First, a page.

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RBI maintains status quo; leaves benchmark lending rate unchanged at 4pc

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RBI maintains status quo; leaves benchmark lending rate unchanged at 4pc

Reserve Bank of India (RBI) on February 10 kept the benchmark interest rate unchanged at 4% and decided to continue with its accommodative stance in the backdrop of an elevated level of inflation.

This is the tenth time in a row that the Monetary Policy Committee (MPC) headed by RBI Governor Shaktikanta Das has maintained the status quo. RBI had last revised its policy repo rate or the short-term lending rate on May 22, 2020 in an off-policy cycle to perk up demand by cutting the interest rate to a historic low.

This is the first MPC meeting after presentation of Budget 2022-23 in Parliament on February 1.

MPC has decided to keep benchmark repurchase (repo) rate at 4%, Mr. Das said while announcing the bi-monthly monetary policy review.

Consequently, the reverse repo rate will continue to earn 3.35% interest for banks for their deposits kept with RBI.

Mr. Das said MPC voted unanimously for keeping interest rate unchanged and decided to continue with its accommodative stance as long as necessary to support growth and keep inflation within the target.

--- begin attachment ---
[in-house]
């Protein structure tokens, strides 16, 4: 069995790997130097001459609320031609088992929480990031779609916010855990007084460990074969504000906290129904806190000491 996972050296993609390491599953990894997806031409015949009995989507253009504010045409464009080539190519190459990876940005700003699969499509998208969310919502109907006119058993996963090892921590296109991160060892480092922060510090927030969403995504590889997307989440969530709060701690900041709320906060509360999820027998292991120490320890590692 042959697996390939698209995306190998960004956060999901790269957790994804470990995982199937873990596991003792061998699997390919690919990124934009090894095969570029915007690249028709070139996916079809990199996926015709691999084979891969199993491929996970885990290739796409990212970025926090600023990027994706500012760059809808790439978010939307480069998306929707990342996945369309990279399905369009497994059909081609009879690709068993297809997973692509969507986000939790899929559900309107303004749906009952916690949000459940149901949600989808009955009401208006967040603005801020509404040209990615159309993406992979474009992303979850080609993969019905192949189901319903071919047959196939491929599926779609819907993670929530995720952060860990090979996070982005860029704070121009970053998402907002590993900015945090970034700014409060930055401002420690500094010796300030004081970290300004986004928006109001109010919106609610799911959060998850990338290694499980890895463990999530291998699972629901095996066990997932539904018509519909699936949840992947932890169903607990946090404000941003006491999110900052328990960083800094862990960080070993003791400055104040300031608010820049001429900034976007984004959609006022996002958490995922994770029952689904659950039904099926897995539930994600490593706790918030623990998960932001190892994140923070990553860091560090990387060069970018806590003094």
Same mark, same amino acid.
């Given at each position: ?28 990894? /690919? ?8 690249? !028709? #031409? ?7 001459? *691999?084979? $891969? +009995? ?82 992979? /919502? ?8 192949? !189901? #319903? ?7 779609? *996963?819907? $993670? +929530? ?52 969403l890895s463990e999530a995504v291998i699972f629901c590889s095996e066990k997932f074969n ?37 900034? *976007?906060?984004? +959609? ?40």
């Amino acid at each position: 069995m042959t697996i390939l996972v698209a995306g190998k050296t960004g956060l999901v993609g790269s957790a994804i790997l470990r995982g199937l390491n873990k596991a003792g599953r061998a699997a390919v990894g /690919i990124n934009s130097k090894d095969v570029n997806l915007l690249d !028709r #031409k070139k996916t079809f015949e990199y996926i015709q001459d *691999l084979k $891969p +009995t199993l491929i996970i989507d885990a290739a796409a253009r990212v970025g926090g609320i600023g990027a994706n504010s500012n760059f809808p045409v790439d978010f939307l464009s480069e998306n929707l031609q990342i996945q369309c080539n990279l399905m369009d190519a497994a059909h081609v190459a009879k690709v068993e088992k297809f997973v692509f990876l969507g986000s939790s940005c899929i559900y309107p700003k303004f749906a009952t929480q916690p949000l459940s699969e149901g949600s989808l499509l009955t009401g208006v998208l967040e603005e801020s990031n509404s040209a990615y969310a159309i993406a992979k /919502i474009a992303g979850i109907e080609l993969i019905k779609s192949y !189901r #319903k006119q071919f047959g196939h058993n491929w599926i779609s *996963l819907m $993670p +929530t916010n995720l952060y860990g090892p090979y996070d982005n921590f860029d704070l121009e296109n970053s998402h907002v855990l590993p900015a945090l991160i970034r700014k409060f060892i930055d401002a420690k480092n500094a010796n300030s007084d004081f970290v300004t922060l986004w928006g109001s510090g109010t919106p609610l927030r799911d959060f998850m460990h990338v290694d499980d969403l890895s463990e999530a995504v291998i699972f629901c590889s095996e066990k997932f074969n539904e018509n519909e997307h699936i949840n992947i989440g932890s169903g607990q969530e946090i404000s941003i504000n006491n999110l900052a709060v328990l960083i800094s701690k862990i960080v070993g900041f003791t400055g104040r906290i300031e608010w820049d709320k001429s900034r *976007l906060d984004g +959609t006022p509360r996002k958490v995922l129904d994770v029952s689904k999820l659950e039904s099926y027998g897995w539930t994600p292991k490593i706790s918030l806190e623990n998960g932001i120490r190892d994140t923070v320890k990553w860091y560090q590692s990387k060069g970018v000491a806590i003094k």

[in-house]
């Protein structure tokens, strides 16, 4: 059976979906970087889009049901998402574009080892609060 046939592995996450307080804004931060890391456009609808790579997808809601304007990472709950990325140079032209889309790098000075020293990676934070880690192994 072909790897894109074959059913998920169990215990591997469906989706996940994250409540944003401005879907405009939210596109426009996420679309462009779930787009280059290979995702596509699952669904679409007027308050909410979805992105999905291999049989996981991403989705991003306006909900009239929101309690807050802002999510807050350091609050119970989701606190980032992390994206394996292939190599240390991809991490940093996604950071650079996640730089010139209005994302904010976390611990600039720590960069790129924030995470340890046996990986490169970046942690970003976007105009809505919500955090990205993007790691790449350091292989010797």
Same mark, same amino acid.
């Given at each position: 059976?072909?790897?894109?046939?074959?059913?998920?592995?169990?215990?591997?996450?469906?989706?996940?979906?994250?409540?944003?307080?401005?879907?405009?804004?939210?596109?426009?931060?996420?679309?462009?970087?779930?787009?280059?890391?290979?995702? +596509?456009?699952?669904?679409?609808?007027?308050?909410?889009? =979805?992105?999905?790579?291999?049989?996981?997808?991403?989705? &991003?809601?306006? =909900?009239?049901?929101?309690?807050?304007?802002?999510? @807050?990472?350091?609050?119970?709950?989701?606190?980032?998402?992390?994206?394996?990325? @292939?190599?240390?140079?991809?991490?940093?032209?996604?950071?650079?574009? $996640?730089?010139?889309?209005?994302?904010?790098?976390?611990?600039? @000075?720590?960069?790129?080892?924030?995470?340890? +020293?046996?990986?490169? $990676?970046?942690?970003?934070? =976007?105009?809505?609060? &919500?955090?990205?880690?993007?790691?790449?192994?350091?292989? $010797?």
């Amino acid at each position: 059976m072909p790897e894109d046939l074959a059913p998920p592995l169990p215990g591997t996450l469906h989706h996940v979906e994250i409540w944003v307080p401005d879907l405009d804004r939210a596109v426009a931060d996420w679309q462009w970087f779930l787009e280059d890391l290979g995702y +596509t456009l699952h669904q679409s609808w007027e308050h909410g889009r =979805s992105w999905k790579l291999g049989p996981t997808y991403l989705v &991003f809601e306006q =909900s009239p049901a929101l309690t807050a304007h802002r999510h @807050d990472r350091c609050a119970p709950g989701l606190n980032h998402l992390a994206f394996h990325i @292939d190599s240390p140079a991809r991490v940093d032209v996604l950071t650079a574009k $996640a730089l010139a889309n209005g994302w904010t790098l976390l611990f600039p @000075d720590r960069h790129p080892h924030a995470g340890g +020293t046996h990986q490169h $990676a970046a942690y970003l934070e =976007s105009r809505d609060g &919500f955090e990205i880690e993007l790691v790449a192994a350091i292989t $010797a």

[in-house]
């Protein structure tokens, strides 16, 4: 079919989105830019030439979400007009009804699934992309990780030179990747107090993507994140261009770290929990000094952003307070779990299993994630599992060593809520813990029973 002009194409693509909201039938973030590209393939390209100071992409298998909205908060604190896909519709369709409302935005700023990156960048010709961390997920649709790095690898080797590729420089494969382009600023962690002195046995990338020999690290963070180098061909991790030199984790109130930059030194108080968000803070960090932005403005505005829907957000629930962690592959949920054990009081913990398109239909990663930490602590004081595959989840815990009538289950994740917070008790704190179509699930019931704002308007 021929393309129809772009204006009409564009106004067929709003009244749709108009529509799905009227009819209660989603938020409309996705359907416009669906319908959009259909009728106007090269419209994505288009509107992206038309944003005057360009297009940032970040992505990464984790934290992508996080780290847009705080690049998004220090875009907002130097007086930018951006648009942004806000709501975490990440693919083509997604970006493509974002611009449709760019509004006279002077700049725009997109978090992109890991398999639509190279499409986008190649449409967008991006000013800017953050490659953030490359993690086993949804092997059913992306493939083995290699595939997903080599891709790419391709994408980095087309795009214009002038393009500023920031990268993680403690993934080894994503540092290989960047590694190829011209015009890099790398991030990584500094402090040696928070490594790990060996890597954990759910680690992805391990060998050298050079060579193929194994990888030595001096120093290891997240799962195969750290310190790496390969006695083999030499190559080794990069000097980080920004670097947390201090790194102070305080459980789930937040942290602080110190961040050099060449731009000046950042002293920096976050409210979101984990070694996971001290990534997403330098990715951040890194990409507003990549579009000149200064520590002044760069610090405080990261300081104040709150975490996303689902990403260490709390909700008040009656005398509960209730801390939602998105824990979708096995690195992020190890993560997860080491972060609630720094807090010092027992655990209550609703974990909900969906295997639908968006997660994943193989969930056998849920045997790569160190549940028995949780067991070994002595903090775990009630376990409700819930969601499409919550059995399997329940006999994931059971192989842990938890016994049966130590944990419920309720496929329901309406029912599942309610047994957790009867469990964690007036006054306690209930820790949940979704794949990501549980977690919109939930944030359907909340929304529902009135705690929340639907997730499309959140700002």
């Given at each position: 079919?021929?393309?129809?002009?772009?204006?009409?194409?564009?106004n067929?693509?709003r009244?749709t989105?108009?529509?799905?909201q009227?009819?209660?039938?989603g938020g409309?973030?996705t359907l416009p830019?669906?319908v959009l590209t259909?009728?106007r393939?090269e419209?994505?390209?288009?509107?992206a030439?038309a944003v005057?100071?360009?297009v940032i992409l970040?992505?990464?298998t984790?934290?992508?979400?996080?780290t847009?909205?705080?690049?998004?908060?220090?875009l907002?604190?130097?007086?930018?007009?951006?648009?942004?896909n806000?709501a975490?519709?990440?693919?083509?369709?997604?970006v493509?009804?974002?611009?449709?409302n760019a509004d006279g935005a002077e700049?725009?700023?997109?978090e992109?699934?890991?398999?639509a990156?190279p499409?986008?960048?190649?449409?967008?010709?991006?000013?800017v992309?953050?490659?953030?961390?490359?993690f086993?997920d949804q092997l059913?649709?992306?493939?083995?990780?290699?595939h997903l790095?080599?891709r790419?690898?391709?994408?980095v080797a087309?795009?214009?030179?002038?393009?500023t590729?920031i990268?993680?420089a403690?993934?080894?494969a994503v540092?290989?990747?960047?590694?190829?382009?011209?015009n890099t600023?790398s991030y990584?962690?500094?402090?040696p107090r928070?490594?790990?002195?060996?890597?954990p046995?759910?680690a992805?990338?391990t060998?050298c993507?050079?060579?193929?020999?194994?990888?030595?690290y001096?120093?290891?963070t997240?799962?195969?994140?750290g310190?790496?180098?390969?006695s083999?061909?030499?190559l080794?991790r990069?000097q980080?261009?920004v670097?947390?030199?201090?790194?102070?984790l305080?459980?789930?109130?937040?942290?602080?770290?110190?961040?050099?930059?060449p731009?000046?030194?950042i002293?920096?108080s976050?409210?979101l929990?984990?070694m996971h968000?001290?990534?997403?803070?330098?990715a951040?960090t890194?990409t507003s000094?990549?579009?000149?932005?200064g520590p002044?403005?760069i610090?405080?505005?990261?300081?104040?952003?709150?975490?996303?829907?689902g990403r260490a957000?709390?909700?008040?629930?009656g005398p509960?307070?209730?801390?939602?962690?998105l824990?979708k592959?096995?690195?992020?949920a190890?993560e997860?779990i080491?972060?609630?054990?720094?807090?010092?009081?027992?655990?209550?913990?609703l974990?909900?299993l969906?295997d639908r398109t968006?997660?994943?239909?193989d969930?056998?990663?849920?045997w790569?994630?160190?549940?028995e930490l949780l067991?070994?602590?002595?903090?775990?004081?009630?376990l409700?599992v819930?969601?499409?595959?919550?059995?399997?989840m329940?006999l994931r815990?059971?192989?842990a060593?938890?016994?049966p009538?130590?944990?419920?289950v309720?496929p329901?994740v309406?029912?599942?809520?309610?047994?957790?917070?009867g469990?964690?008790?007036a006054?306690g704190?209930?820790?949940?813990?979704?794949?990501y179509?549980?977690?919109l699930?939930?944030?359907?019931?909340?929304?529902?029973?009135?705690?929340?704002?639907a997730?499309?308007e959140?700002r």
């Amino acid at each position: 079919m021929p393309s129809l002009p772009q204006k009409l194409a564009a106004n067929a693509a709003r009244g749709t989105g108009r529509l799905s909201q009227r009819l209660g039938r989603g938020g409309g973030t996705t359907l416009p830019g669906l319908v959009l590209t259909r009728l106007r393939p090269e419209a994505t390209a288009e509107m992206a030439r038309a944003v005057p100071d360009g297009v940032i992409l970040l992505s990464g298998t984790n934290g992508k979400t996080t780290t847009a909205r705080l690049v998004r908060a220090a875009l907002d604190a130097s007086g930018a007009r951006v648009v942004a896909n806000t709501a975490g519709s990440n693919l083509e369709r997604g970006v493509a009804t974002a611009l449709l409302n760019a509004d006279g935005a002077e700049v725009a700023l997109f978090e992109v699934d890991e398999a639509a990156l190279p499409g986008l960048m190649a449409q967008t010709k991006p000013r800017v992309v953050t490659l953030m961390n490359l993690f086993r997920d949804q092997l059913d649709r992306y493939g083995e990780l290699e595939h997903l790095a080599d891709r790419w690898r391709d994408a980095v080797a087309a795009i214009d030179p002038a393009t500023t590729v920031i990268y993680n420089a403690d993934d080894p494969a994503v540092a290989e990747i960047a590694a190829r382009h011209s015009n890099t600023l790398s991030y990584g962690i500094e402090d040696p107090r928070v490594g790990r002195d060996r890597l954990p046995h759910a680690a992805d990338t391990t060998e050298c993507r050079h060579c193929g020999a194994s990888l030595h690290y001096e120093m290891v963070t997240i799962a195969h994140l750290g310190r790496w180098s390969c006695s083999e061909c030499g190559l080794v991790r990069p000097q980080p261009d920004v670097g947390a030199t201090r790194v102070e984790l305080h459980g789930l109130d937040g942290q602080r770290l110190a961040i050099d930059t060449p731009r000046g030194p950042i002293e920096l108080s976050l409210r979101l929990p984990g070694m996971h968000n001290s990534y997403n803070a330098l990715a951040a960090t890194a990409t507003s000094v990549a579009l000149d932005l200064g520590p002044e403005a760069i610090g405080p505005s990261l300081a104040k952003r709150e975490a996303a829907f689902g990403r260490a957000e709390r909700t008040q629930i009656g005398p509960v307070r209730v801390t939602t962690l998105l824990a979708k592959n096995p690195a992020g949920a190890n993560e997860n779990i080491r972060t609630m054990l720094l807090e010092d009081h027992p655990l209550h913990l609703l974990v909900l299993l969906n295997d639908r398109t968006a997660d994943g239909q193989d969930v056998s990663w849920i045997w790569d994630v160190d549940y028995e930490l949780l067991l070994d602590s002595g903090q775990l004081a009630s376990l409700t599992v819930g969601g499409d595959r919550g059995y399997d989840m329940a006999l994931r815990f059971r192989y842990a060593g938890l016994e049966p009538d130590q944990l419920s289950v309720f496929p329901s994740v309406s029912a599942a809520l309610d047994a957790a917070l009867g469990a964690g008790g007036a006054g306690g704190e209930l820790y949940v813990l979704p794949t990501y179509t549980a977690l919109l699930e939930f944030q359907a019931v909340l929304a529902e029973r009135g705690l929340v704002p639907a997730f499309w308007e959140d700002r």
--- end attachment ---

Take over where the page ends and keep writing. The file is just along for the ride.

RBI retained its growth projection at 9.2% and inflation at 5.3% for the current financial year.

Retail inflation rose to a five-month high of 5.59% in December from 4.91% in November, mainly due to an uptick in food prices.

MPC has been given the mandate to maintain annual inflation at 4% until March 31, 2026, with an upper tolerance of 6% and a lower tolerance of 2%.

The bi-monthly policy comes against the backdrop of the Budget wherein a nominal gross GDP of 11.1% has been estimated for 2022-23.

The government expects this growth to be fuelled by a massive capital spending programme outlined in the Budget with a view to crowd-in private investment by reinvigorating economic activities and creating demand.

Finance Minister Nirmala Sitharaman raised capital expenditure (capex) by 35.4% for the financial year 2022-23 to ₹7.5 lakh crore to continue the public investment-led recovery of the pandemic-battered economy. The capex in the current financial year is pegged at ₹5.5 lakh crore.

The spending on building multimodal logistics parks, metro systems, highways, and trains is expected to create demand for the private sector as all the projects are to be implemented through contractors.

With regard to borrowing, the government plans to borrow a record ₹11.6 lakh crore from the market in 2022-23 to meet its expenditure requirement to prop up the economy. This is nearly ₹2 lakh crore higher than the current year’s Budget estimate of ₹9.7 lakh crore.

Even the gross borrowing for the next financial year will be the highest-ever at ₹14,95,000 crore as against ₹12,05,500 crore in the Budget Estimate (BE) for 2021-22.

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Fiscal deficit — the excess of government expenditure over its revenues — is estimated to come down to 6.4% of GDP next year as against 6.9% pegged for the current fiscal ending March 31.

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